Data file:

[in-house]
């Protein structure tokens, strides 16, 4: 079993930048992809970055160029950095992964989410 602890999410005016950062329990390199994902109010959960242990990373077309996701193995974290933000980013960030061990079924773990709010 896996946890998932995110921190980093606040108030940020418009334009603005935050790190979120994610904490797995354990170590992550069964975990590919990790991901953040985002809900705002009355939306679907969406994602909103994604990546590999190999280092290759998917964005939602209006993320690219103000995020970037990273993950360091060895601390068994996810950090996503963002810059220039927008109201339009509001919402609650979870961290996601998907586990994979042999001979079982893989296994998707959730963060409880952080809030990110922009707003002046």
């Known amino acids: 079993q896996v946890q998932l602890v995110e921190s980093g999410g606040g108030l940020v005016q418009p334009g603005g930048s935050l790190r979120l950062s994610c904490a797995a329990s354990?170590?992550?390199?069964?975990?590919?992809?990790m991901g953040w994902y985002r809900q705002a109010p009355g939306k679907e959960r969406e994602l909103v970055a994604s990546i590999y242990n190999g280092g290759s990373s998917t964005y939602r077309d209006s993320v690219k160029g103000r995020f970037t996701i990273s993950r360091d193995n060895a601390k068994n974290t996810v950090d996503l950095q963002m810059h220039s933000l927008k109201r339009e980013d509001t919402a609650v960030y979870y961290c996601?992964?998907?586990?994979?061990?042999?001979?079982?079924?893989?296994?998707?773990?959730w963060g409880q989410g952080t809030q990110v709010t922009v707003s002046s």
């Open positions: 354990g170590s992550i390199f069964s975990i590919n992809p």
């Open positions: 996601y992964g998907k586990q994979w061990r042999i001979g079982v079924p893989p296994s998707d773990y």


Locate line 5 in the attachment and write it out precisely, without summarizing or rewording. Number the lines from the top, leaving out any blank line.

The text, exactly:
């Open positions: 996601y992964g998907k586990q994979w061990r042999i001979g079982v079924p893989p296994s998707d773990y």